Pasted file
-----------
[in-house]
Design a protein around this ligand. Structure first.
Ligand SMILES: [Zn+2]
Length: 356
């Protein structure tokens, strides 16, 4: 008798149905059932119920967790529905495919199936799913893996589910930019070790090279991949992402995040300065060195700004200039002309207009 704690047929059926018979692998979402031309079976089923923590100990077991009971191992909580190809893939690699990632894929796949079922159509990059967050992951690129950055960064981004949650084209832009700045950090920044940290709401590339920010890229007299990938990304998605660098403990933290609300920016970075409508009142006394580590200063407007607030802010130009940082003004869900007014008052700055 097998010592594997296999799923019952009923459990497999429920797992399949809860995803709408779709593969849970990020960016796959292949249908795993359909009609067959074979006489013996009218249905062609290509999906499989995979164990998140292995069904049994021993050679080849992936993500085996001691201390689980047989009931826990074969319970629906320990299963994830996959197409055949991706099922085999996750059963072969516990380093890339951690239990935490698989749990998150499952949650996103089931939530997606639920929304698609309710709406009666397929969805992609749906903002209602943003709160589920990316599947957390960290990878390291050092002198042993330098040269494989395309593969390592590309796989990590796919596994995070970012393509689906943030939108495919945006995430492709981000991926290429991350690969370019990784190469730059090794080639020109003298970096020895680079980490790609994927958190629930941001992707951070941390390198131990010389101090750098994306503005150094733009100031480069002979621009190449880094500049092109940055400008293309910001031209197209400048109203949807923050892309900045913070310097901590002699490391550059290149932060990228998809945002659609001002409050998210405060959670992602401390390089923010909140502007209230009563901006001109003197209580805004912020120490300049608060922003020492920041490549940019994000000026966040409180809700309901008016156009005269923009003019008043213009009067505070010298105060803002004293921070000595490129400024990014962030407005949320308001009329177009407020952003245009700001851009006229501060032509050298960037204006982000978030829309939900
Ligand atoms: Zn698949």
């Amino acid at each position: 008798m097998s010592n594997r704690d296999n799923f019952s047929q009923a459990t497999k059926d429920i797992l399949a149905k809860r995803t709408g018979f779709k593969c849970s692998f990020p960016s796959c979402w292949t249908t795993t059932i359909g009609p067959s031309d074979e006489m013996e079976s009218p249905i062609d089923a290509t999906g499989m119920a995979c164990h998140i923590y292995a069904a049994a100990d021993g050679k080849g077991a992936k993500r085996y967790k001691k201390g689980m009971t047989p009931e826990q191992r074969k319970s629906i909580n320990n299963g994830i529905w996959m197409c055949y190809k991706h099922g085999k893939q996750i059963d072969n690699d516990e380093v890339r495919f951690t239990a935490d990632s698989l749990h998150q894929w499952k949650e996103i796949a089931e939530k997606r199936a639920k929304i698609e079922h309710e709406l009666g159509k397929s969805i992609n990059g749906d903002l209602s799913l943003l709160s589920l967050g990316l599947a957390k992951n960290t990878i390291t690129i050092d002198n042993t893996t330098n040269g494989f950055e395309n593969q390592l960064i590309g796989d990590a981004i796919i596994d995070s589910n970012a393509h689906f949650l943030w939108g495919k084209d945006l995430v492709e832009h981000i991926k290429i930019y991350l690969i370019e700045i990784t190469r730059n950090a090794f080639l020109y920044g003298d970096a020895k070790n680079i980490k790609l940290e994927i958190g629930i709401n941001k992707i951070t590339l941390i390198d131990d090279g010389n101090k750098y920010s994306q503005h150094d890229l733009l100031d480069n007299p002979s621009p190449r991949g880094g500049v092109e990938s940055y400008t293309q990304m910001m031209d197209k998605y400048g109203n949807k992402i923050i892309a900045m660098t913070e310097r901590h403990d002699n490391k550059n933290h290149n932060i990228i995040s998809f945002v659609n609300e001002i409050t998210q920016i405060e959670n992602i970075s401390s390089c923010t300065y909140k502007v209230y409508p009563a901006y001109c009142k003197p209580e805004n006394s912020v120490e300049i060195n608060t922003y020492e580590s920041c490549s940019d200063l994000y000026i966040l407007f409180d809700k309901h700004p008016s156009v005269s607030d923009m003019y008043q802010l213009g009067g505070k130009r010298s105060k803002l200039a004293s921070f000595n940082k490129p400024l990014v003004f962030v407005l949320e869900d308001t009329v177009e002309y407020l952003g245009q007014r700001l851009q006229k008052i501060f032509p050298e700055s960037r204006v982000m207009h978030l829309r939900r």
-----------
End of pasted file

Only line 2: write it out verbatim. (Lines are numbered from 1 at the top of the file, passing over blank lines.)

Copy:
Design a protein around this ligand. Structure first.